Letteri: I think pretty much it was [a new thing] because it’s a difficult system to spin up. So you need the right project to do it. You need a project where you know you’re going to have a large number of characters in close up and you might be doing more than one movie. That’s where it’s worth taking the leap to do it. Otherwise, even though the older system is harder, you’ve got animators who still know how to make it work and that may actually be more efficient. You can still get good results out of it. But it would have been pretty much impossible to get the results we got on this film using that old system.
io9: Right. I think people don’t always understand when they talk about however much money a movie like this costs, it’s not only going to the actors or digital effects. Sometimes it’s people creating software or technology that literally didn’t exist before, and that can be expensive.
Letteri: Yes, exactly.
io9: Obviously this is a visual effects-driven film but there are lots of on-set innovations happening too, such as underwater performance capture. How crucial is it to get the best possible on-set raw materials before your team takes a crack at it?
Letteri: One hundred percent, and you’ve got two aspects there. One is performance. If you’ve got an actor’s performance, yes, you can go in and change it, even if it’s a real actor after the fact. But you really don’t want to. You want those beats that are in the moment. If you don’t like it, just get another take. That’s the time to do it, you know what I mean? But what in the past has been really tricky is live-action characters dealing with CG characters. Eye lines are the biggest issue. And we knew we wanted to get past like the tennis ball on a stick. So we created an eye line system that was basically a cable cam so we could take the performance of the virtual actors and run it through this cable cam. And rather than just having a tennis ball there, we had a monitor there that showed the actor’s performance.
So if you take Spider, for example. Because Jim does this personal performance capture step, he shot the whole movie in performance capture. So Jack Champion [who plays Spider] was working with Stephen Lang [Quaritch] and they played these scenes already. So when it came time for Jack to do it live, he’s on set, but he’s got this monitor now that’s moving around at Quaritch’s correct eye position, but with Stephen’s performance on it. So he’s reacting to the same performance that he’s already used to working with. And so it gave us eye line. It gave us movement through space that was correct. And you’re not doing the usual thing where the actor is chasing the tennis ball with the guy that’s holding it. Or the character can’t actually walk that fast or the character has to bend over. Like [in the past], you’re always having to make these animation adjustments to try to make it believable. But now, because everything was in the right place to begin with, your camera framing is there because we had this new depth compositing tool that we wrote. So you’re seeing everything integrated live pixel by pixel in proper 3D as you’re shooting it. It gave us a much stronger baseline to integrate the live action with.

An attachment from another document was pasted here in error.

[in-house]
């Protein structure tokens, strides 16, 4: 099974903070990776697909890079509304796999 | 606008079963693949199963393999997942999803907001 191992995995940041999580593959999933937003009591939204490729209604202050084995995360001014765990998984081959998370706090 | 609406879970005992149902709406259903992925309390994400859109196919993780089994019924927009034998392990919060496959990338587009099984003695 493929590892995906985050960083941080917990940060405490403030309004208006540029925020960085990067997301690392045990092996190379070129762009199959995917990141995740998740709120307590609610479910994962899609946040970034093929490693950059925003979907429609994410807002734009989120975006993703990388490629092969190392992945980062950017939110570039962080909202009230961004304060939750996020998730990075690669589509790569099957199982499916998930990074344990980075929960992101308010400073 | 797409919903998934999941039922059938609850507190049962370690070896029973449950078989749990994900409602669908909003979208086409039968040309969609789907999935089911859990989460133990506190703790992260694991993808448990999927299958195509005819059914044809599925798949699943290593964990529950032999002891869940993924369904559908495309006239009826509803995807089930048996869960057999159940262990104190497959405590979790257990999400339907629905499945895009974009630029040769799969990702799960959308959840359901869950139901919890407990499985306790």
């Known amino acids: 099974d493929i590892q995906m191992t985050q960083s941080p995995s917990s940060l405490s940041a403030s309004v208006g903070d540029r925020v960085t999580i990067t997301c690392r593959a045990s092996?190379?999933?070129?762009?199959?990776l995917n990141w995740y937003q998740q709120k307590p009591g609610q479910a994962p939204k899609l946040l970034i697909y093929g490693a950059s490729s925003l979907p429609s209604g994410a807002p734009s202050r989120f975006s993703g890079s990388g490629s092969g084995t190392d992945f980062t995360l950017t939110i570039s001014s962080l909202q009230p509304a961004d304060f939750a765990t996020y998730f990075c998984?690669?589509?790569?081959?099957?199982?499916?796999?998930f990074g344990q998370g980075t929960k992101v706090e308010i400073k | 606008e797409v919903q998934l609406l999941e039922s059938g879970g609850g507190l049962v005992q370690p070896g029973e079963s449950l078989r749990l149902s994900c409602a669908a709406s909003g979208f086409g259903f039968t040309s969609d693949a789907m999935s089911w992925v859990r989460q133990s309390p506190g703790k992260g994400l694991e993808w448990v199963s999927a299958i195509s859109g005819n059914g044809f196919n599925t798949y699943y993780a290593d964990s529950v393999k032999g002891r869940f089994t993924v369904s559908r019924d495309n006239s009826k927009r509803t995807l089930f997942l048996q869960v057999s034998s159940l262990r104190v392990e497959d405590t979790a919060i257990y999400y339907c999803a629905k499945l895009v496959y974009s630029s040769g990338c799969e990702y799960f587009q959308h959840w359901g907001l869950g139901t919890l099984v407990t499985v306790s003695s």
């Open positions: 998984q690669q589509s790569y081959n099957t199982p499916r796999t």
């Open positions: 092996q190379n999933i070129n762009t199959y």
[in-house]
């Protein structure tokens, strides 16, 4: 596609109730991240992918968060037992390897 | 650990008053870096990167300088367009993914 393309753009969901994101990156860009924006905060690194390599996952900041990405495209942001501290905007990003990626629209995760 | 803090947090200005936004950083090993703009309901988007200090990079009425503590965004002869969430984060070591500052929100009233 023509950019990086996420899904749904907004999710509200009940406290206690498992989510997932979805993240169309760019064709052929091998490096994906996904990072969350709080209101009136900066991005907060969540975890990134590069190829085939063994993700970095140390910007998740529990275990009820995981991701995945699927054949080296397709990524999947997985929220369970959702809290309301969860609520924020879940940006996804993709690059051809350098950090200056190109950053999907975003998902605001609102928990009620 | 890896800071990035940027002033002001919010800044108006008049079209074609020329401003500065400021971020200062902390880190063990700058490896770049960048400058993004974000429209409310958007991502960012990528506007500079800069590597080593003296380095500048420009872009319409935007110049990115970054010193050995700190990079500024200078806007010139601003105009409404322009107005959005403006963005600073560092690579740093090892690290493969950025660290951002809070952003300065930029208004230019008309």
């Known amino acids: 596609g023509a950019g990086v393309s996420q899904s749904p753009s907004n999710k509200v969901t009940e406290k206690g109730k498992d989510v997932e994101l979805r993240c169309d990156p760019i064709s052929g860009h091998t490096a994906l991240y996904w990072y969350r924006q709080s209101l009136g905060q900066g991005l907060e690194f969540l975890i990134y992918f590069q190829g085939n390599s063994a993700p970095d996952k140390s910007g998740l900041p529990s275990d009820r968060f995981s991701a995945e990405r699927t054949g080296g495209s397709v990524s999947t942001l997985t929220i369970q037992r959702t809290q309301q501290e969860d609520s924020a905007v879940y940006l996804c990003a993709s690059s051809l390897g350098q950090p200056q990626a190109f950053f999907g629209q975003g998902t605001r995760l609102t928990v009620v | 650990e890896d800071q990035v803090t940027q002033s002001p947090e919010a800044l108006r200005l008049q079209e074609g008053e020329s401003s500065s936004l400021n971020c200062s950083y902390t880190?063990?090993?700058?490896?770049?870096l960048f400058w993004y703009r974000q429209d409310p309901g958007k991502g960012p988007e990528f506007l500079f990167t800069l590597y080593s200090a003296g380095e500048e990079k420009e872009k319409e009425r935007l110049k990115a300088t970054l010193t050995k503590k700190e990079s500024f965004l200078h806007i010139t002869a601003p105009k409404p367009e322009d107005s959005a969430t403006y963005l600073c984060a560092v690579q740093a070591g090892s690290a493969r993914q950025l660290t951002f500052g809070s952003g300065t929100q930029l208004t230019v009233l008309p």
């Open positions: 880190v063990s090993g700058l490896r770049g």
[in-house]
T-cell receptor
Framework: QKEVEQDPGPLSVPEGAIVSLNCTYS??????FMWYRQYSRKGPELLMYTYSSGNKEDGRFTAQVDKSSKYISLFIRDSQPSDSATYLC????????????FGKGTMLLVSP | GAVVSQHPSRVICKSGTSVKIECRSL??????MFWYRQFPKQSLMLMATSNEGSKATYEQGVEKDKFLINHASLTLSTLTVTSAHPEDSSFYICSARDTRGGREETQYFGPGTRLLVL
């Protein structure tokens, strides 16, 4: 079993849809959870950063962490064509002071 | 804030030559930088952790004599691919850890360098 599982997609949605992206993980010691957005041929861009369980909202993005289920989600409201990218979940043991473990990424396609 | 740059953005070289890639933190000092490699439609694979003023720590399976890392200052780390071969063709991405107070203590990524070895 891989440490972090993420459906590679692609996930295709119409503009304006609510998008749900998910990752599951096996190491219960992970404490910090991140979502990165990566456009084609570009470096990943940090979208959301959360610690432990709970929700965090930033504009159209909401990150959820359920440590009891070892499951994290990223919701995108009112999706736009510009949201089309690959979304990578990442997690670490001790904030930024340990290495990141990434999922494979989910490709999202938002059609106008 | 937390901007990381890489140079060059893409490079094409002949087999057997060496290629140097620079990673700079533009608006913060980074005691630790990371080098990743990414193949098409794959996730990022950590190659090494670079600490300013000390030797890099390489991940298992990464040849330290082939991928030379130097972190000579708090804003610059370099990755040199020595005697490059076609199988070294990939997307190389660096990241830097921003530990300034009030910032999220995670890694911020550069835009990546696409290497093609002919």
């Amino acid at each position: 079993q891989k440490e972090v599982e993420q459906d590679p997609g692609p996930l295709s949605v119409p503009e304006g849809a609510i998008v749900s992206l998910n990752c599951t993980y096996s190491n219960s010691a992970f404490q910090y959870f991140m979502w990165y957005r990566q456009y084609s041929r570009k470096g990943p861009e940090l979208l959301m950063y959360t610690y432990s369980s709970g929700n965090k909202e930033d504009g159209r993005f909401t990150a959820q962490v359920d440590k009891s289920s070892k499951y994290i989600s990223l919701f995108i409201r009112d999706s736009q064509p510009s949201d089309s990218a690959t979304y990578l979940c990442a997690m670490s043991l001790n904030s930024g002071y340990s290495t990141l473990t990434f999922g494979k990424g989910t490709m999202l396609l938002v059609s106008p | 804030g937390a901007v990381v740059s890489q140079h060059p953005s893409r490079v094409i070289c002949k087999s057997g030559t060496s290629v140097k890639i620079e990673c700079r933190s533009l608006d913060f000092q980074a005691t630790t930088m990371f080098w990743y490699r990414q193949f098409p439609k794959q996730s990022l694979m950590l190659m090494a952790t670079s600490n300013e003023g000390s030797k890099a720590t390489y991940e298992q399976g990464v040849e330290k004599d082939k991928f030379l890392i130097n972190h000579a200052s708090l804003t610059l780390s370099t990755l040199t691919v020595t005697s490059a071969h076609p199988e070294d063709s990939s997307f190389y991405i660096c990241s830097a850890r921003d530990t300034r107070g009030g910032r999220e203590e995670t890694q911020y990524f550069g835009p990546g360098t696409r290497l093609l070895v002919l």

io9: Was there a particular shot or scene or character that was the most difficult or that you knew, if you got this right, everything else would be fine?
Letteri: The very first scene we did was the dialogue scene with Jake and Neytiri where they’re in High Camp and Jake is trying to convince her to leave. And that was really bringing back the two characters from 15 years earlier, dusting them off, updating them to all the new software, the new detail in the skin, the new lighting techniques, the new hair, but also the new facial system. And that was really where we battle-tested pretty much everything except for the water, in that one scene. So we actually spent a year on that scene just to make sure we had it right and understood it. At that point, we started rolling it out to the other characters and, you know, branching out to do the rest of the shots.
io9: I’m surprised you didn’t say something from the final battle sequence because it’s so incredible. How does that scene compare to other things you’ve done?
Letteri: I think this is the biggest project I’ve worked on because of the water. Like when a character hits the water, they move differently. When they emerge from the water, they move differently. They’re interacting with the water and water is splashing and exploding everywhere. There’s a lot more complex when you’re doing so much interaction with water.
io9: Is there anything that you couldn’t do effects-wise before this movie but can do now after it?
Letteri: Jim always says, “Hey, by the time we’re done, we’ll know how to make this movie.” And that was about right, especially when it came to the water. Like we had the characters on a pretty good roll early on. But the water just kept getting bigger and bigger, especially as we were doing the battle scenes. We saved some of those bigger scenes until we really had a better idea of how to deal with the water under our belts. So I think we’re in pretty, pretty good shape now to understand what we need to do better next time.
io9: Right. So because you spent so much time getting everything right on this one, how much easier are the subsequent sequels?